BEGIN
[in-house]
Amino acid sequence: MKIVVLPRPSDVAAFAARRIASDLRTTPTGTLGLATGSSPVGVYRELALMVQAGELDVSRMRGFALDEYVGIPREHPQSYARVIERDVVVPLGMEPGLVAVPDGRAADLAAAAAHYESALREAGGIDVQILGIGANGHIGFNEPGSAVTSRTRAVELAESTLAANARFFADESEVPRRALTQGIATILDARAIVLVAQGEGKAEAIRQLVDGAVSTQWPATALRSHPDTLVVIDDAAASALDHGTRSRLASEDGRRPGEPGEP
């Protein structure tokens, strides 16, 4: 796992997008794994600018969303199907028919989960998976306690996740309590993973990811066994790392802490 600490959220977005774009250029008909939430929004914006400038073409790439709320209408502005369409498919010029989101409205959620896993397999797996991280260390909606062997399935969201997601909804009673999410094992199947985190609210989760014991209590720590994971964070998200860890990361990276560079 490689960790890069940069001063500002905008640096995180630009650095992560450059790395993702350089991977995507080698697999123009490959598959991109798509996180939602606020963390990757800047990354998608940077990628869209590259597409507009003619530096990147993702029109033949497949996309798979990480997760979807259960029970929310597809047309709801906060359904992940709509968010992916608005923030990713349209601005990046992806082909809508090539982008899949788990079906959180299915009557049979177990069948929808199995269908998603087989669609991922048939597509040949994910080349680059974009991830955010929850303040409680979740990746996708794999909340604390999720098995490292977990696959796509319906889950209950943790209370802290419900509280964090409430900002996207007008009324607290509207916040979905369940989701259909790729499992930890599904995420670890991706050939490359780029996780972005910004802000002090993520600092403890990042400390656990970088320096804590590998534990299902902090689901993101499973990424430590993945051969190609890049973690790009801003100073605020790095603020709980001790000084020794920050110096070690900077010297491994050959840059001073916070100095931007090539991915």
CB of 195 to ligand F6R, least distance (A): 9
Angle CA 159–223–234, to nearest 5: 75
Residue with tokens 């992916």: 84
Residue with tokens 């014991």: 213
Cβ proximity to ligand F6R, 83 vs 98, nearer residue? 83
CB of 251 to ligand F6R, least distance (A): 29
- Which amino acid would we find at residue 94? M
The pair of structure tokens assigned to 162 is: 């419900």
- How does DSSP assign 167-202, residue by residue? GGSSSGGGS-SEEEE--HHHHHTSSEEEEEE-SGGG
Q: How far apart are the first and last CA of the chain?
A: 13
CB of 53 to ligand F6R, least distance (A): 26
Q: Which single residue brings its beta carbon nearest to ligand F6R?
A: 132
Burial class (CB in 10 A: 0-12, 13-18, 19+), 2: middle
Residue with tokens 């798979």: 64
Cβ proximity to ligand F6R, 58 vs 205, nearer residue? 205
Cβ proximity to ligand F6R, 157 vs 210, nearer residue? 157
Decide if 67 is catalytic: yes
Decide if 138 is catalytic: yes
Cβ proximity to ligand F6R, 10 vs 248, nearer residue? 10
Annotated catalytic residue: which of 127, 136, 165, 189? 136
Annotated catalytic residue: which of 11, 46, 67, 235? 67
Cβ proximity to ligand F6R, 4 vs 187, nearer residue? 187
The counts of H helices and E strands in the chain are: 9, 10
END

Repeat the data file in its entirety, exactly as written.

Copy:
[in-house]
Amino acid sequence: MKIVVLPRPSDVAAFAARRIASDLRTTPTGTLGLATGSSPVGVYRELALMVQAGELDVSRMRGFALDEYVGIPREHPQSYARVIERDVVVPLGMEPGLVAVPDGRAADLAAAAAHYESALREAGGIDVQILGIGANGHIGFNEPGSAVTSRTRAVELAESTLAANARFFADESEVPRRALTQGIATILDARAIVLVAQGEGKAEAIRQLVDGAVSTQWPATALRSHPDTLVVIDDAAASALDHGTRSRLASEDGRRPGEPGEP
């Protein structure tokens, strides 16, 4: 796992997008794994600018969303199907028919989960998976306690996740309590993973990811066994790392802490 600490959220977005774009250029008909939430929004914006400038073409790439709320209408502005369409498919010029989101409205959620896993397999797996991280260390909606062997399935969201997601909804009673999410094992199947985190609210989760014991209590720590994971964070998200860890990361990276560079 490689960790890069940069001063500002905008640096995180630009650095992560450059790395993702350089991977995507080698697999123009490959598959991109798509996180939602606020963390990757800047990354998608940077990628869209590259597409507009003619530096990147993702029109033949497949996309798979990480997760979807259960029970929310597809047309709801906060359904992940709509968010992916608005923030990713349209601005990046992806082909809508090539982008899949788990079906959180299915009557049979177990069948929808199995269908998603087989669609991922048939597509040949994910080349680059974009991830955010929850303040409680979740990746996708794999909340604390999720098995490292977990696959796509319906889950209950943790209370802290419900509280964090409430900002996207007008009324607290509207916040979905369940989701259909790729499992930890599904995420670890991706050939490359780029996780972005910004802000002090993520600092403890990042400390656990970088320096804590590998534990299902902090689901993101499973990424430590993945051969190609890049973690790009801003100073605020790095603020709980001790000084020794920050110096070690900077010297491994050959840059001073916070100095931007090539991915």
CB of 195 to ligand F6R, least distance (A): 9
Angle CA 159–223–234, to nearest 5: 75
Residue with tokens 């992916």: 84
Residue with tokens 């014991």: 213
Cβ proximity to ligand F6R, 83 vs 98, nearer residue? 83
CB of 251 to ligand F6R, least distance (A): 29
- Which amino acid would we find at residue 94? M
The pair of structure tokens assigned to 162 is: 């419900």
- How does DSSP assign 167-202, residue by residue? GGSSSGGGS-SEEEE--HHHHHTSSEEEEEE-SGGG
Q: How far apart are the first and last CA of the chain?
A: 13
CB of 53 to ligand F6R, least distance (A): 26
Q: Which single residue brings its beta carbon nearest to ligand F6R?
A: 132
Burial class (CB in 10 A: 0-12, 13-18, 19+), 2: middle
Residue with tokens 């798979």: 64
Cβ proximity to ligand F6R, 58 vs 205, nearer residue? 205
Cβ proximity to ligand F6R, 157 vs 210, nearer residue? 157
Decide if 67 is catalytic: yes
Decide if 138 is catalytic: yes
Cβ proximity to ligand F6R, 10 vs 248, nearer residue? 10
Annotated catalytic residue: which of 127, 136, 165, 189? 136
Annotated catalytic residue: which of 11, 46, 67, 235? 67
Cβ proximity to ligand F6R, 4 vs 187, nearer residue? 187
The counts of H helices and E strands in the chain are: 9, 10